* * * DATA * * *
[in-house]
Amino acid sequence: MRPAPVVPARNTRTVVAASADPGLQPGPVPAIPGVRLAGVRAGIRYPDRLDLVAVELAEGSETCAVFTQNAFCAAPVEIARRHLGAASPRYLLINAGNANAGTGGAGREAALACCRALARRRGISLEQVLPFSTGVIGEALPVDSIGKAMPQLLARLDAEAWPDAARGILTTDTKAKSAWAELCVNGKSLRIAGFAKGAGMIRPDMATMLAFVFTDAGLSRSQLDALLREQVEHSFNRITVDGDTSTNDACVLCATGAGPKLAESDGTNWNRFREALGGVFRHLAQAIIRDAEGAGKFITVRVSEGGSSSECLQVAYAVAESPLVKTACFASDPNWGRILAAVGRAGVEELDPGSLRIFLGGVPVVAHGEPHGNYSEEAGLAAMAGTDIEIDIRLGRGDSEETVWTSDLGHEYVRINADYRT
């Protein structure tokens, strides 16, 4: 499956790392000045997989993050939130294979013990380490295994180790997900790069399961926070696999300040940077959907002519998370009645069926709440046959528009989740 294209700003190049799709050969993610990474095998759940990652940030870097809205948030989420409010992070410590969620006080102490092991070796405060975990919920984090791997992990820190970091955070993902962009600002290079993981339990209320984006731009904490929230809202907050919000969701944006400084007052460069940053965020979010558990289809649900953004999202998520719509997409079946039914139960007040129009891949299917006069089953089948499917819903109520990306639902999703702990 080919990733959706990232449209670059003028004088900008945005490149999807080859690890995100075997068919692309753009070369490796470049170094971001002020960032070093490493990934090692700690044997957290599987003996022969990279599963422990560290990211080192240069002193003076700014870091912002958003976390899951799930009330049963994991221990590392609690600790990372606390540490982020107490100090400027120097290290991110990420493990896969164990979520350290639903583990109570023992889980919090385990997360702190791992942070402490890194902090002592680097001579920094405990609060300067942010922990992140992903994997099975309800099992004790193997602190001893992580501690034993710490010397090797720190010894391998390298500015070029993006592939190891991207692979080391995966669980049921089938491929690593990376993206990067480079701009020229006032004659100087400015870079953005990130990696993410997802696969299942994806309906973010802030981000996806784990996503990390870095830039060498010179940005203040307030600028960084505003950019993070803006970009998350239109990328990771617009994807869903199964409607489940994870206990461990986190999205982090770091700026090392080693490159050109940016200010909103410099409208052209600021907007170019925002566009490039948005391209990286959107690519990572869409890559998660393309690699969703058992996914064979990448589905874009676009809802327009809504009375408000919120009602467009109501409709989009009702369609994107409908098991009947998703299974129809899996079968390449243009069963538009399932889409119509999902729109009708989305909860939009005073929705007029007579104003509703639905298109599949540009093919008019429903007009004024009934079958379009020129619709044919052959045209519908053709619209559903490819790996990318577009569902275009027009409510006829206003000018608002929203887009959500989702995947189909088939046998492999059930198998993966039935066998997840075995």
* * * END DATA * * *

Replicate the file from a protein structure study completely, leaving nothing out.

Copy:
[in-house]
Amino acid sequence: MRPAPVVPARNTRTVVAASADPGLQPGPVPAIPGVRLAGVRAGIRYPDRLDLVAVELAEGSETCAVFTQNAFCAAPVEIARRHLGAASPRYLLINAGNANAGTGGAGREAALACCRALARRRGISLEQVLPFSTGVIGEALPVDSIGKAMPQLLARLDAEAWPDAARGILTTDTKAKSAWAELCVNGKSLRIAGFAKGAGMIRPDMATMLAFVFTDAGLSRSQLDALLREQVEHSFNRITVDGDTSTNDACVLCATGAGPKLAESDGTNWNRFREALGGVFRHLAQAIIRDAEGAGKFITVRVSEGGSSSECLQVAYAVAESPLVKTACFASDPNWGRILAAVGRAGVEELDPGSLRIFLGGVPVVAHGEPHGNYSEEAGLAAMAGTDIEIDIRLGRGDSEETVWTSDLGHEYVRINADYRT
């Protein structure tokens, strides 16, 4: 499956790392000045997989993050939130294979013990380490295994180790997900790069399961926070696999300040940077959907002519998370009645069926709440046959528009989740 294209700003190049799709050969993610990474095998759940990652940030870097809205948030989420409010992070410590969620006080102490092991070796405060975990919920984090791997992990820190970091955070993902962009600002290079993981339990209320984006731009904490929230809202907050919000969701944006400084007052460069940053965020979010558990289809649900953004999202998520719509997409079946039914139960007040129009891949299917006069089953089948499917819903109520990306639902999703702990 080919990733959706990232449209670059003028004088900008945005490149999807080859690890995100075997068919692309753009070369490796470049170094971001002020960032070093490493990934090692700690044997957290599987003996022969990279599963422990560290990211080192240069002193003076700014870091912002958003976390899951799930009330049963994991221990590392609690600790990372606390540490982020107490100090400027120097290290991110990420493990896969164990979520350290639903583990109570023992889980919090385990997360702190791992942070402490890194902090002592680097001579920094405990609060300067942010922990992140992903994997099975309800099992004790193997602190001893992580501690034993710490010397090797720190010894391998390298500015070029993006592939190891991207692979080391995966669980049921089938491929690593990376993206990067480079701009020229006032004659100087400015870079953005990130990696993410997802696969299942994806309906973010802030981000996806784990996503990390870095830039060498010179940005203040307030600028960084505003950019993070803006970009998350239109990328990771617009994807869903199964409607489940994870206990461990986190999205982090770091700026090392080693490159050109940016200010909103410099409208052209600021907007170019925002566009490039948005391209990286959107690519990572869409890559998660393309690699969703058992996914064979990448589905874009676009809802327009809504009375408000919120009602467009109501409709989009009702369609994107409908098991009947998703299974129809899996079968390449243009069963538009399932889409119509999902729109009708989305909860939009005073929705007029007579104003509703639905298109599949540009093919008019429903007009004024009934079958379009020129619709044919052959045209519908053709619209559903490819790996990318577009569902275009027009409510006829206003000018608002929203887009959500989702995947189909088939046998492999059930198998993966039935066998997840075995």